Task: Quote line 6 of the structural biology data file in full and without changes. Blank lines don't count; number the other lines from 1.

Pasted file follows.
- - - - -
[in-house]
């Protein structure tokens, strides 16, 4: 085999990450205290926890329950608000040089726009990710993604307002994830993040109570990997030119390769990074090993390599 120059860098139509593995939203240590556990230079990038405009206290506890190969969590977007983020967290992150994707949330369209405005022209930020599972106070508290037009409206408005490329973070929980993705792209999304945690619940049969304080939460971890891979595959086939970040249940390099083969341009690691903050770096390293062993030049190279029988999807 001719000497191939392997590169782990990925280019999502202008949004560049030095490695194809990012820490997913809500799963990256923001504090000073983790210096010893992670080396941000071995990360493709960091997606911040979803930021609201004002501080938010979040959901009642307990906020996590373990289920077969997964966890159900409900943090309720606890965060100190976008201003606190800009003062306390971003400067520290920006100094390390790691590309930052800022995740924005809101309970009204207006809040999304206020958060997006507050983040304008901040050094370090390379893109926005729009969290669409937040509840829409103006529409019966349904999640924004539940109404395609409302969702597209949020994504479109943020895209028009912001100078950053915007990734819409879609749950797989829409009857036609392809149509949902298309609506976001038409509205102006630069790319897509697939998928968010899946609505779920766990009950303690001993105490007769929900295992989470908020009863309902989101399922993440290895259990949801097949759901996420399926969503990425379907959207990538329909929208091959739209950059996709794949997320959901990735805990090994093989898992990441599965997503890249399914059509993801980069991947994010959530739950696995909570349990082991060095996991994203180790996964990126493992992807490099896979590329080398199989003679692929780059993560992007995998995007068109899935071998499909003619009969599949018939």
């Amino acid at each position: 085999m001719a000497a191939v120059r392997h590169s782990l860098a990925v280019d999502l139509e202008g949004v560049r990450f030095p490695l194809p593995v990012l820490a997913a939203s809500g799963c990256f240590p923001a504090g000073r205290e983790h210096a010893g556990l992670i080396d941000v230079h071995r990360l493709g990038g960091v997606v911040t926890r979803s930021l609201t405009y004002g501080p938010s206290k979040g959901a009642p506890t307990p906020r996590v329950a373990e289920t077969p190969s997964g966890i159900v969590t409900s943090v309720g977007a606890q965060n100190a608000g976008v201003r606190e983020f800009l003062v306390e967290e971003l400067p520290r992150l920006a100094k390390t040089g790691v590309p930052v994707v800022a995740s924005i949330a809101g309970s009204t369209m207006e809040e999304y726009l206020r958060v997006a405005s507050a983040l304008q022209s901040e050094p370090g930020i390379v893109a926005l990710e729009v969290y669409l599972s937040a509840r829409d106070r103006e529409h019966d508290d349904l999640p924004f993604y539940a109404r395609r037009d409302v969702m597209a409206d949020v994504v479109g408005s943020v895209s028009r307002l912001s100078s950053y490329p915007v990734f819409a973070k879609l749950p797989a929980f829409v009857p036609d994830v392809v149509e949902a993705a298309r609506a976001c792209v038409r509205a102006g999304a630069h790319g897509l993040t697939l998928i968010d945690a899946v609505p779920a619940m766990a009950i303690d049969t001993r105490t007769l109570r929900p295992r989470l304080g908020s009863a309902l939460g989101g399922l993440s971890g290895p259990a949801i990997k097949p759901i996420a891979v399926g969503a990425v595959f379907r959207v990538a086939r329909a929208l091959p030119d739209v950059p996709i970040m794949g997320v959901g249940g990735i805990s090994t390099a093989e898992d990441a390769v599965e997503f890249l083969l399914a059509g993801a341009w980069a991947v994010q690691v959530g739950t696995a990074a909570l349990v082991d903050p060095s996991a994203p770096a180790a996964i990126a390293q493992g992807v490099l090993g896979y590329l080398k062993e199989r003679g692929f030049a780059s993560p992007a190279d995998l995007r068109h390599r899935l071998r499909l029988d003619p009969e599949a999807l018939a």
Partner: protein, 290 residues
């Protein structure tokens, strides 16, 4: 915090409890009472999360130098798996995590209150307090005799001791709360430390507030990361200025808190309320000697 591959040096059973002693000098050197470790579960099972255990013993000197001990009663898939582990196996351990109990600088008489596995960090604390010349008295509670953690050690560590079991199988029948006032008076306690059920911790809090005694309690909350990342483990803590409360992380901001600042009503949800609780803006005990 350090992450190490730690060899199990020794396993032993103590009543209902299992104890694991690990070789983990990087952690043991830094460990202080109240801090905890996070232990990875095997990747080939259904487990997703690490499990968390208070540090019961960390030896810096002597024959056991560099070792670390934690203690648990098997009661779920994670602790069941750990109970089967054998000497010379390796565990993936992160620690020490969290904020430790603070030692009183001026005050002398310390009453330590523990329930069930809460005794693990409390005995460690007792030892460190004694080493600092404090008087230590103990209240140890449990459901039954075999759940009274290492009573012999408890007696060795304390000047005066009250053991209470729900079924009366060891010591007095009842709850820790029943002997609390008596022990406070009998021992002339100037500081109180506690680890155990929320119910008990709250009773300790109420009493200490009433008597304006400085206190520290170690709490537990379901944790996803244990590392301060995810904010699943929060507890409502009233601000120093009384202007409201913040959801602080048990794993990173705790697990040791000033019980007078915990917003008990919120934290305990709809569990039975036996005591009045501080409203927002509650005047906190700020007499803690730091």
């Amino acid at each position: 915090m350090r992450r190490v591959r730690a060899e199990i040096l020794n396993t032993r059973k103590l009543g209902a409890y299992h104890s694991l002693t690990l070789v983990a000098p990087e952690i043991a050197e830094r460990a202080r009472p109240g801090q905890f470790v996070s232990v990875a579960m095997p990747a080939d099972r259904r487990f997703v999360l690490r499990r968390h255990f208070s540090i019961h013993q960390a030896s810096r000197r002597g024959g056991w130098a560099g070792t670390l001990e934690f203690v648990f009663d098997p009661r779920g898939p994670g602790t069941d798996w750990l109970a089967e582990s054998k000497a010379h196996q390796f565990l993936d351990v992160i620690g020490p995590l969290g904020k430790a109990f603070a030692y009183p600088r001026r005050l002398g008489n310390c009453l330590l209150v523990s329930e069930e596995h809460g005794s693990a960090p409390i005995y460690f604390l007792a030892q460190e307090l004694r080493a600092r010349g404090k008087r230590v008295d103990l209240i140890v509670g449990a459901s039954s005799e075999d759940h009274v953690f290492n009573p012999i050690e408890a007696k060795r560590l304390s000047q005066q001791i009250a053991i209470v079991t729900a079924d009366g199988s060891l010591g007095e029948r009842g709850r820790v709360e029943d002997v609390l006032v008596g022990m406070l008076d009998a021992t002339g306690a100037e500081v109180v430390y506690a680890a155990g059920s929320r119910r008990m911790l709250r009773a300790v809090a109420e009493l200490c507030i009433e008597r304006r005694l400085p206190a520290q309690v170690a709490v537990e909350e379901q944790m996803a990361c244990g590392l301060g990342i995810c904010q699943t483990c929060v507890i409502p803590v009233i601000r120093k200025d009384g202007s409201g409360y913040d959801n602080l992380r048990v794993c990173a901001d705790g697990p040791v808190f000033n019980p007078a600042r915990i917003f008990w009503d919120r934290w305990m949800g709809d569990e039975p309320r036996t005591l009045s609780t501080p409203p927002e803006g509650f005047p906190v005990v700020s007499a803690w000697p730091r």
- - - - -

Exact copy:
């Amino acid at each position: 915090m350090r992450r190490v591959r730690a060899e199990i040096l020794n396993t032993r059973k103590l009543g209902a409890y299992h104890s694991l002693t690990l070789v983990a000098p990087e952690i043991a050197e830094r460990a202080r009472p109240g801090q905890f470790v996070s232990v990875a579960m095997p990747a080939d099972r259904r487990f997703v999360l690490r499990r968390h255990f208070s540090i019961h013993q960390a030896s810096r000197r002597g024959g056991w130098a560099g070792t670390l001990e934690f203690v648990f009663d098997p009661r779920g898939p994670g602790t069941d798996w750990l109970a089967e582990s054998k000497a010379h196996q390796f565990l993936d351990v992160i620690g020490p995590l969290g904020k430790a109990f603070a030692y009183p600088r001026r005050l002398g008489n310390c009453l330590l209150v523990s329930e069930e596995h809460g005794s693990a960090p409390i005995y460690f604390l007792a030892q460190e307090l004694r080493a600092r010349g404090k008087r230590v008295d103990l209240i140890v509670g449990a459901s039954s005799e075999d759940h009274v953690f290492n009573p012999i050690e408890a007696k060795r560590l304390s000047q005066q001791i009250a053991i209470v079991t729900a079924d009366g199988s060891l010591g007095e029948r009842g709850r820790v709360e029943d002997v609390l006032v008596g022990m406070l008076d009998a021992t002339g306690a100037e500081v109180v430390y506690a680890a155990g059920s929320r119910r008990m911790l709250r009773a300790v809090a109420e009493l200490c507030i009433e008597r304006r005694l400085p206190a520290q309690v170690a709490v537990e909350e379901q944790m996803a990361c244990g590392l301060g990342i995810c904010q699943t483990c929060v507890i409502p803590v009233i601000r120093k200025d009384g202007s409201g409360y913040d959801n602080l992380r048990v794993c990173a901001d705790g697990p040791v808190f000033n019980p007078a600042r915990i917003f008990w009503d919120r934290w305990m949800g709809d569990e039975p309320r036996t005591l009045s609780t501080p409203p927002e803006g509650f005047p906190v005990v700020s007499a803690w000697p730091r």